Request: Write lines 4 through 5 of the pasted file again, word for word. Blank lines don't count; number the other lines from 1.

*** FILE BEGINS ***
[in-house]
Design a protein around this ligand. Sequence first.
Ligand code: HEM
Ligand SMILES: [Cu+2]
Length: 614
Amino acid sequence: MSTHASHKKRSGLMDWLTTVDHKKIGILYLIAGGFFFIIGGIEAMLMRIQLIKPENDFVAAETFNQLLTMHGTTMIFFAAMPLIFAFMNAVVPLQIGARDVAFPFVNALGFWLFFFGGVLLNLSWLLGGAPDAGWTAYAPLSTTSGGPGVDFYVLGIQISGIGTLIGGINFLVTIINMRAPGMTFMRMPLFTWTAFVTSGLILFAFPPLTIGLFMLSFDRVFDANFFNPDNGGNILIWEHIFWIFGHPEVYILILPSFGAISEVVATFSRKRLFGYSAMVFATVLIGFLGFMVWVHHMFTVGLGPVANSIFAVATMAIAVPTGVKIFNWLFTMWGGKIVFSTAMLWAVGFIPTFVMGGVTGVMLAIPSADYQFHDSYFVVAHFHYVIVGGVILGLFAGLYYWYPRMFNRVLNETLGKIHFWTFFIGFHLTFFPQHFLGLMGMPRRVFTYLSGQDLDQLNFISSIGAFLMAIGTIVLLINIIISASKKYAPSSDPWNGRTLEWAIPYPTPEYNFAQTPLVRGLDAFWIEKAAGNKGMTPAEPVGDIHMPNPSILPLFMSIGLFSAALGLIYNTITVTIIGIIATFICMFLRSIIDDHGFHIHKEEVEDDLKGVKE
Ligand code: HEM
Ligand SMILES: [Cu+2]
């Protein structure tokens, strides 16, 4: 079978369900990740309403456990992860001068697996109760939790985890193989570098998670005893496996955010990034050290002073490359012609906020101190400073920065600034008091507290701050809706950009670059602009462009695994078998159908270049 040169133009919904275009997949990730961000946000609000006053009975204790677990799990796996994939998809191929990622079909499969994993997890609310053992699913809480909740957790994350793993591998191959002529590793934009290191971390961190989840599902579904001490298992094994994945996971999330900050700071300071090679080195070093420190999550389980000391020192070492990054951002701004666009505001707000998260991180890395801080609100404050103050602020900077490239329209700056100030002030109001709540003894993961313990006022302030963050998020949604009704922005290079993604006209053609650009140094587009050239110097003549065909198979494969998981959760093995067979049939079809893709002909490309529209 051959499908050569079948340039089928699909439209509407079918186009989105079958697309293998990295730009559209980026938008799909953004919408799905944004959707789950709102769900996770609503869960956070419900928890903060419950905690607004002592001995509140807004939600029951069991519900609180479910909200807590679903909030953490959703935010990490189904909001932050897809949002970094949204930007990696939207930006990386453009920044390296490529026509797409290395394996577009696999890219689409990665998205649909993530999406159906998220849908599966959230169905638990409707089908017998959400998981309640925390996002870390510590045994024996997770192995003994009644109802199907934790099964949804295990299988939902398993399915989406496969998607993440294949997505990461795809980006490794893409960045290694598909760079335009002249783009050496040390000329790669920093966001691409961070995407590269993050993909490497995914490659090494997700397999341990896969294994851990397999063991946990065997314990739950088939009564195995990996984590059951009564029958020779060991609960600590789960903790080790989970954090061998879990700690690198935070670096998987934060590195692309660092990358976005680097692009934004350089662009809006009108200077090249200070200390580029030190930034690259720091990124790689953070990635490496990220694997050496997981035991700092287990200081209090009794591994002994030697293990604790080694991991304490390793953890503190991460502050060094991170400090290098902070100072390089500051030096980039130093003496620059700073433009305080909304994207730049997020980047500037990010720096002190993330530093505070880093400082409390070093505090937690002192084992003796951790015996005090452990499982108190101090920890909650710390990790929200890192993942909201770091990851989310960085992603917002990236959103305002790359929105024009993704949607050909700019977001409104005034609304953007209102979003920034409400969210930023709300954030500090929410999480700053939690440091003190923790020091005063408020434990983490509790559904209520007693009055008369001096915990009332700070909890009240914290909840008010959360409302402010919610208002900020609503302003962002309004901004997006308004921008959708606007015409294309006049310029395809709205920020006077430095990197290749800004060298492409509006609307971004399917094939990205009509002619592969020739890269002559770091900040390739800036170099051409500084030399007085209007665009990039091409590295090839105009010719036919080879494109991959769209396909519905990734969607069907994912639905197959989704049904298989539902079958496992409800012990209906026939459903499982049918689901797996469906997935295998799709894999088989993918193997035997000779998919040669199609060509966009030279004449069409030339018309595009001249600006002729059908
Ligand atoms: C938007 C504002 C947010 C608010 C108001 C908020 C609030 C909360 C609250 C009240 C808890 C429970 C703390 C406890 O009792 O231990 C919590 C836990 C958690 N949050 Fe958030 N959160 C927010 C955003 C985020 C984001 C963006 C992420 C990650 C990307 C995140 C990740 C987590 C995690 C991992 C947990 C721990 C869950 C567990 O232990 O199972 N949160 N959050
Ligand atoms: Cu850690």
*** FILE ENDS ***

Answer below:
Ligand SMILES: [Cu+2]
Length: 614